Sun, 19 May 2024

Newsletter sign-up

Subscribe now
The House Live All
By Earl of Sandwich
By Baroness Lister
By Baroness Bryan
Press releases

'Dissatisfying chutzpah': Matt Warman reviews 'Scoop'

Buckingham Palace: Prince Andrew (Rufus Sewell) and Emily Maitlis (Gillian Anderson) | image by: Peter Mountain/Netflix

3 min read

At best a compelling assertion of the value of journalism, Scoop’s niche focus on how Newsnight’s Prince Andrew interview was obtained, and for all its dramatic affectations, is still less cringeworthy than watching the real thing

Just as the most seismic royal interview of this century is broadcast, Prince Andrew, its subject, emerges from a bath and stands naked in Buckingham Palace. As Netflix’s Scoop would have it, he’s a clunking, portly and presumably still unclean metaphor.

Oddly, though, it’s never quite clear in this adaptation of former Newsnight producer Sam McAlister’s story what the point of that metaphor really is. Netflix makes what might be an exploration of the relationship between power and the press – or Jeffrey Epstein and his victims – into a tale primarily of a plucky, hard done by, maverick producer who gets her biggest break when her subject makes catastrophic errors of judgment and execution. Her dogged pursuit of the story may have revealed how far removed the monarchy might seem from many people’s lives, but it’s not obvious the interview itself helped victims.

Many things are fascinating about Prince Andrew’s infamous Newsnight interview. Why did he agree to it? Why did he give some of the answers he did? And, presuming those answers were in some sense pre-rehearsed, what good could it ever have done? 

The best bit of the drama is, in truth, the recreation of the interview itself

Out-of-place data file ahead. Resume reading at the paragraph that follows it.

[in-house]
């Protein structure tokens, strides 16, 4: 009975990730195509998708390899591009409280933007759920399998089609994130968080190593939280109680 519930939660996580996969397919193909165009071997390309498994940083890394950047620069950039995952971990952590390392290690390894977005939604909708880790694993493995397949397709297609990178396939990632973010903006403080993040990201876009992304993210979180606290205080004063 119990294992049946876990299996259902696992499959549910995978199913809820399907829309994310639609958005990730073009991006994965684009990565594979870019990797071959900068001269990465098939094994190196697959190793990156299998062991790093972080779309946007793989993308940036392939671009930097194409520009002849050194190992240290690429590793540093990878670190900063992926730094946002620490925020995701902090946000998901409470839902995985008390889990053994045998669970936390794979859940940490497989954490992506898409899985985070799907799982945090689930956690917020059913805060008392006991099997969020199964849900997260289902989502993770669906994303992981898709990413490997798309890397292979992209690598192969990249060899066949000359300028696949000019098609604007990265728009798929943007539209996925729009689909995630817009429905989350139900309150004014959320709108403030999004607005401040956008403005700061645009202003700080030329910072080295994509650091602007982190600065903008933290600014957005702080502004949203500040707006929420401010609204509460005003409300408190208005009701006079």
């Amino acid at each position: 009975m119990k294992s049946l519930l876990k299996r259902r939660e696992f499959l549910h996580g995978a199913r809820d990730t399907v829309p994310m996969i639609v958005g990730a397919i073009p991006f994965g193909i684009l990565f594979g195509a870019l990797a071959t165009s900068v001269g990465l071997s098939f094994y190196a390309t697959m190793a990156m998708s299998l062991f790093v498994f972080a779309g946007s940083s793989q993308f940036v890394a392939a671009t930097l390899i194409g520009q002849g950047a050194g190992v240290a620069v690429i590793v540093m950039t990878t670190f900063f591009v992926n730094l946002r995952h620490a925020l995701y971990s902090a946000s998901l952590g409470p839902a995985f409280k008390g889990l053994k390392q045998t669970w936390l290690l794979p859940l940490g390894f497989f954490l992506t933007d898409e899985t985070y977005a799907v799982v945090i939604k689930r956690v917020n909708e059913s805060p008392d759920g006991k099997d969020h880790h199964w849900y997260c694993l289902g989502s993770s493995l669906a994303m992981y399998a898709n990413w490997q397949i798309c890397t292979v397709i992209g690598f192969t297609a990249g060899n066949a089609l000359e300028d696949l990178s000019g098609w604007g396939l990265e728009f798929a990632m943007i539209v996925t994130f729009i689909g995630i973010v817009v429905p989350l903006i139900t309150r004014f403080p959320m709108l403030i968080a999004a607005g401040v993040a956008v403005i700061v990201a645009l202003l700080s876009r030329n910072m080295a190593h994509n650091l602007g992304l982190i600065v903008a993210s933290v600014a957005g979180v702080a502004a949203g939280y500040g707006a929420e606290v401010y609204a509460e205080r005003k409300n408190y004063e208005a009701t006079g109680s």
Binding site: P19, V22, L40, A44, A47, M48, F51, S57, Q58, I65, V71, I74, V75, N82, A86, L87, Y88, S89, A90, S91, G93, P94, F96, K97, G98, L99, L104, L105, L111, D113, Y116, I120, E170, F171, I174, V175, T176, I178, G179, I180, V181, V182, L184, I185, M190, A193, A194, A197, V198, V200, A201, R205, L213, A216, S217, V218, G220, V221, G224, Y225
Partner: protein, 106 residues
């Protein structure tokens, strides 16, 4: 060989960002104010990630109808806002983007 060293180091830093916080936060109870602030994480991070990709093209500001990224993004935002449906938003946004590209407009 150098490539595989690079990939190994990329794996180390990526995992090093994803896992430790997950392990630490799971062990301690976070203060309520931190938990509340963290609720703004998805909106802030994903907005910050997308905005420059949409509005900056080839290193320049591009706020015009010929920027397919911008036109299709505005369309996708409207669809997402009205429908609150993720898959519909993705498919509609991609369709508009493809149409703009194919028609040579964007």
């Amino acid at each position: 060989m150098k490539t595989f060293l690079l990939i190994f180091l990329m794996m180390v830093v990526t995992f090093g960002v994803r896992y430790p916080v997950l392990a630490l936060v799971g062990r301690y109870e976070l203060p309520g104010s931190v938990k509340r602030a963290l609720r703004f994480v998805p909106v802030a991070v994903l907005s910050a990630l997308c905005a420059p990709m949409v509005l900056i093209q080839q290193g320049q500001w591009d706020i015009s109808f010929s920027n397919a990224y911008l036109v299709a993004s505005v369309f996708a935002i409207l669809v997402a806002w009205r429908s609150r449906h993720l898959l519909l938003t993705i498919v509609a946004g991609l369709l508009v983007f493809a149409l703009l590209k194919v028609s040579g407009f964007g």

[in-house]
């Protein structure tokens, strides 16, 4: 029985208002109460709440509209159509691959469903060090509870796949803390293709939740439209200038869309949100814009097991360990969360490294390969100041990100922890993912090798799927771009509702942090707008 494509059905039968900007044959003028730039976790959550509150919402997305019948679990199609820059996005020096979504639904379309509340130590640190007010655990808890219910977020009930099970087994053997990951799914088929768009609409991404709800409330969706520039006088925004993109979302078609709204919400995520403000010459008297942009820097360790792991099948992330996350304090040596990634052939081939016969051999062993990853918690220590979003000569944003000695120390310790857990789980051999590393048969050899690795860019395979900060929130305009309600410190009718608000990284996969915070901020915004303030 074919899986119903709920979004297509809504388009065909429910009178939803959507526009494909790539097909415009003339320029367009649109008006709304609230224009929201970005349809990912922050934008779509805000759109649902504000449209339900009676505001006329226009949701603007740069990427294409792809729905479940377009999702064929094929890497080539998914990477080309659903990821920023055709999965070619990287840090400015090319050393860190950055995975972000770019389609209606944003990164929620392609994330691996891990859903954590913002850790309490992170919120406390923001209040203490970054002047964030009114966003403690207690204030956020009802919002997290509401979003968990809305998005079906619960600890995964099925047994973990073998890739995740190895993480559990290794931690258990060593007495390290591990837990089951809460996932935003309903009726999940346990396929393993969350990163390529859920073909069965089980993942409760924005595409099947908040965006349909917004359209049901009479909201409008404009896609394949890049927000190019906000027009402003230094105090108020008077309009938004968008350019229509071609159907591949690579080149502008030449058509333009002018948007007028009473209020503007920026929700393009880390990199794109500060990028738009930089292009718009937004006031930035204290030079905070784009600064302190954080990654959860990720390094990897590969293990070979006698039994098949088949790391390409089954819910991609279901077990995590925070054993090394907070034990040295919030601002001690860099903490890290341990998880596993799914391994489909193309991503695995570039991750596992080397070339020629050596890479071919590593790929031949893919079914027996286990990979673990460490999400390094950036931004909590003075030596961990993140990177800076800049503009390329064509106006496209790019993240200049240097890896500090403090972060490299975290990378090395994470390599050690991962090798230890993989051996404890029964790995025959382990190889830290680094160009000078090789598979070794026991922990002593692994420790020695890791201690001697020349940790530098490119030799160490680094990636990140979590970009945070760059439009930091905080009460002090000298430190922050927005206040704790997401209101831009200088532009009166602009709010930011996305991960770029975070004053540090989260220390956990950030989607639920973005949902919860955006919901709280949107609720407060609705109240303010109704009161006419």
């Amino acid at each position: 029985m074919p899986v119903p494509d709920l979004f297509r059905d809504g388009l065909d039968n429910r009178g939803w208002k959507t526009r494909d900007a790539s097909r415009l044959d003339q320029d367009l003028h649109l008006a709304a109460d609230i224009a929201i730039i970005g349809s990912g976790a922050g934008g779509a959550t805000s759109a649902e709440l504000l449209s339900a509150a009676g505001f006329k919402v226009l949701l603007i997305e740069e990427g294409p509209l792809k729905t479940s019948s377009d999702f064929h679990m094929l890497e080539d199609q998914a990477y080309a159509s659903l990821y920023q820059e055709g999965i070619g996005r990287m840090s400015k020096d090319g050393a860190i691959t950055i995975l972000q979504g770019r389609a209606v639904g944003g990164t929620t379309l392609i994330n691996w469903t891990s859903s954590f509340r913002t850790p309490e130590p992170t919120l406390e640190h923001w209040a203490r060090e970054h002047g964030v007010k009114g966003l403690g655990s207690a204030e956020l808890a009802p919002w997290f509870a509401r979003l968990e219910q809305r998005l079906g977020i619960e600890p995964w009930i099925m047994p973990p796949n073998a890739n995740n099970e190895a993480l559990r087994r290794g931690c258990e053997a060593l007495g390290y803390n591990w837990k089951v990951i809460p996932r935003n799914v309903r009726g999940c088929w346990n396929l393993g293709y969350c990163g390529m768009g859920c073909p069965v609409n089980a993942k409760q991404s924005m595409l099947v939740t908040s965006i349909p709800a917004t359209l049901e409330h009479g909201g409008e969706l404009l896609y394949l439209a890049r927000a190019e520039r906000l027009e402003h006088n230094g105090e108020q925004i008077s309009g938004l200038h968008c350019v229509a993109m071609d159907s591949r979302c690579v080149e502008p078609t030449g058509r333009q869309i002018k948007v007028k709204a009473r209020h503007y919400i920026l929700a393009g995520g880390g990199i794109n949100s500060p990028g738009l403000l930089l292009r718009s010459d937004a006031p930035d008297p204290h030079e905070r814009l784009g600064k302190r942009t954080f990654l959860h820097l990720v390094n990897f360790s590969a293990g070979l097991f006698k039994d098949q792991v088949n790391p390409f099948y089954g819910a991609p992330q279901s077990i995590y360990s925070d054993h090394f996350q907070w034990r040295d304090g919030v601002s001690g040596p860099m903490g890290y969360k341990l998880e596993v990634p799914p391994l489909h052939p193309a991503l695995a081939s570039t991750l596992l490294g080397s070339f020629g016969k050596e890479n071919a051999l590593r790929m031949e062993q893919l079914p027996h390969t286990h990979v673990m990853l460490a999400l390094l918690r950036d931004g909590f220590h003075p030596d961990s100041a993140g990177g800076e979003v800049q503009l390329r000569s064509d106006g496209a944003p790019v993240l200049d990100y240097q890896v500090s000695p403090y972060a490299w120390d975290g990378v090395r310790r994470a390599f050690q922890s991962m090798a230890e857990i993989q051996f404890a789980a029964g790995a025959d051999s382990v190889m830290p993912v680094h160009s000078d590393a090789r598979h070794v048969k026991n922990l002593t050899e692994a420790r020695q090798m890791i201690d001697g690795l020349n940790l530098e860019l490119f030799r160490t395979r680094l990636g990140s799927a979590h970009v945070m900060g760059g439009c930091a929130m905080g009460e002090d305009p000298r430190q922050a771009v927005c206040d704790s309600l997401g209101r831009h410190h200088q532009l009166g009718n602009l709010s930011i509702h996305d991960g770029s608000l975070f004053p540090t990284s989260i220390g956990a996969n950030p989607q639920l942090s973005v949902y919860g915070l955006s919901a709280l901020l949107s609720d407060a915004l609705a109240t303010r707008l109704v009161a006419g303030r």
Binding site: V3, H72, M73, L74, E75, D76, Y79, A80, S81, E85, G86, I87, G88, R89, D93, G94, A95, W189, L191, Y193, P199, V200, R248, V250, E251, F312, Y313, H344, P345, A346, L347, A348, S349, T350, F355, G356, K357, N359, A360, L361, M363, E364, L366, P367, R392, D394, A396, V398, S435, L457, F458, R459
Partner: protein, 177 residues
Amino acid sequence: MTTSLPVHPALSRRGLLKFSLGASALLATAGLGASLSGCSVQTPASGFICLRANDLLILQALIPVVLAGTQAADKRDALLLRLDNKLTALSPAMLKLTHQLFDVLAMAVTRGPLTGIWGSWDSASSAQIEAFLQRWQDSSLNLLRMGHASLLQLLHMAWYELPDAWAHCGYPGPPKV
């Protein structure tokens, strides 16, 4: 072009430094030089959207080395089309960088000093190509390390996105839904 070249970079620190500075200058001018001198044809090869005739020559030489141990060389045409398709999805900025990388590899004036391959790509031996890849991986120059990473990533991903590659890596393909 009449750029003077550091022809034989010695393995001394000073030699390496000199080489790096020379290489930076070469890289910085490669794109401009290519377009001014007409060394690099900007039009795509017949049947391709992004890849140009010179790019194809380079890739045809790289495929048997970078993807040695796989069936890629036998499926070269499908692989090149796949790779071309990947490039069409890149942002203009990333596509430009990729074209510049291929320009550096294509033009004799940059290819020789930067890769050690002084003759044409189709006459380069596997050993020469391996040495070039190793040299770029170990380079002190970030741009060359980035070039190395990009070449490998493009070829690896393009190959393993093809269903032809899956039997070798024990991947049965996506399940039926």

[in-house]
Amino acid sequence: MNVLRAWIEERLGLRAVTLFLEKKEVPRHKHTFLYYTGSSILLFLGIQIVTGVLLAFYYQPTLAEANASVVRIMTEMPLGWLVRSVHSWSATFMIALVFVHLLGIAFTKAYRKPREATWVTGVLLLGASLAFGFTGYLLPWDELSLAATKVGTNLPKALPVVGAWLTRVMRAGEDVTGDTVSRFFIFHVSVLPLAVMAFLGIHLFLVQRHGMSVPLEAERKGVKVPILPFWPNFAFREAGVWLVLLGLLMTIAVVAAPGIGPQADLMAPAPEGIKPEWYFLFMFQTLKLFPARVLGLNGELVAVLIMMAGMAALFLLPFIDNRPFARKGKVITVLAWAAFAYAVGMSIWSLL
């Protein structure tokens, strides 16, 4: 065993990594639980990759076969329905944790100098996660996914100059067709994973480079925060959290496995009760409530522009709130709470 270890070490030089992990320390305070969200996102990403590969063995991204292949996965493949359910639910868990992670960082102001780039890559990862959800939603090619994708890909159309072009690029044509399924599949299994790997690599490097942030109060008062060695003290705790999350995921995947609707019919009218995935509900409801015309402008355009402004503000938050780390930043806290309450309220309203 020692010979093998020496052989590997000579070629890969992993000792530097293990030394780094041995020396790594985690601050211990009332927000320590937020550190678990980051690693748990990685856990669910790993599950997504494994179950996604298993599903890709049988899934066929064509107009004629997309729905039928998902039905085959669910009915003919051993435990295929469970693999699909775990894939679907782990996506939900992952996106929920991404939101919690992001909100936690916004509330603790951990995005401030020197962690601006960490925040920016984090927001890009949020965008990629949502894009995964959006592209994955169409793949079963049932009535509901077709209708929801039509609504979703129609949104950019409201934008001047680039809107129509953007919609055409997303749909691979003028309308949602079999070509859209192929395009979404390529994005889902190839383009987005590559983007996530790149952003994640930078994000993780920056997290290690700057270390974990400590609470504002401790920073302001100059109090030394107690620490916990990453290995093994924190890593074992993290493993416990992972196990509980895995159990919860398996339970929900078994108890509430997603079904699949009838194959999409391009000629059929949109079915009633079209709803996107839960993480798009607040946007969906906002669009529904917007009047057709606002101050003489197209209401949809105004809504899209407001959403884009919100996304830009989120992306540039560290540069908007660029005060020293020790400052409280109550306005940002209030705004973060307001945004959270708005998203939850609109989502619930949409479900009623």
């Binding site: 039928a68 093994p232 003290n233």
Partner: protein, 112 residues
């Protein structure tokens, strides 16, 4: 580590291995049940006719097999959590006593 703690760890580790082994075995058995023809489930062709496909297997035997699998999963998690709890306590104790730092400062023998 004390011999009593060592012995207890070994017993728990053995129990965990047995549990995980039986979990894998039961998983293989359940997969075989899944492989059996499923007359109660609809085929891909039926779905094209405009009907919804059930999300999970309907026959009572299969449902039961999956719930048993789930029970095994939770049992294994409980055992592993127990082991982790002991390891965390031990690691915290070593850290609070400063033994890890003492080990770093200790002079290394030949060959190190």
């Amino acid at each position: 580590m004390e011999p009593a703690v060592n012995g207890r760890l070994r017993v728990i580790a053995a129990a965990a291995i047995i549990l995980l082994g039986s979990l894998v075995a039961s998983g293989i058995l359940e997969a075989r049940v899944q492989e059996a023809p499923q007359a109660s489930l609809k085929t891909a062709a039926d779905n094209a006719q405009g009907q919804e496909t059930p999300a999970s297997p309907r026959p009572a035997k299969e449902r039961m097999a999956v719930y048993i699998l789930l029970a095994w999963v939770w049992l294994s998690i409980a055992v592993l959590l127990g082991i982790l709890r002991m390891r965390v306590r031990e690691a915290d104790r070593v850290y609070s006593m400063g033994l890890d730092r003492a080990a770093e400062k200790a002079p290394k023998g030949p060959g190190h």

How Newsnight got the scoop is a rich but a rather more niche interest. Impressive though McAlister (played by Billie Piper) clearly is – law degree, and then a switch to an undeniably remarkable TV career – it’s hard to ignore the fact that there’s at least chutzpah in seeking to make a whole subsequent career off the back of a single interview. No MP should ever, of course, have anything against a career change, but in this telling McAlister is both heroic and hard to like. Where Mr Bates was self-effacing, she’s producing her own hagiography. Producers are often the unsung, worse-paid, better half of a presenter’s interview, but the determination to redress the balance here is just a bit much.

This is, of course, a piece of television that’s just a few years from its subject. But it doesn’t explore that conflict of interest, nor does it ask whether, really, McAlister knowingly or otherwise led the Palace (personified by Keeley Hawes’ Amanda Thirsk) to believe it would get a fairer hearing. 

What it does do, too neatly – via heroic music and a rousing speech from former Newsnight editor Esme Wren (Romola Garai) – is compellingly assert the value of journalism in general. Hurrah for that: but so what?

PosterThe best bit of the drama is, in truth, the recreation of the interview itself. Gillian Anderson’s Emily Maitlis and Rufus Sewell’s Prince Andrew here are stripped of the dramatic affectations – Maitlis’ running every morning wearing full make-up and self-indulgently always accompanied by a whippet, or HRH’s obsession with the arrangement of teddies on his pillow, pale into insignificance.

Scoop’s recreation of the interview, however, is not as cringingly hard to watch as the real thing.

The interview did raise, through Maitlis’ brilliant approach, issues of power, privilege, victimhood and much more. That’s still the part of this drama that challenges us most. Scoop focuses on how she got there – and the journey is simply not as interesting as the destination. 

Matt Warman is Conservative MP for Boston & Skegness

Directed by: Philip Martin
Broadcaster: Netflix

PoliticsHome Newsletters

Get the inside track on what MPs and Peers are talking about. Sign up to The House's morning email for the latest insight and reaction from Parliamentarians, policy-makers and organisations.


Books & culture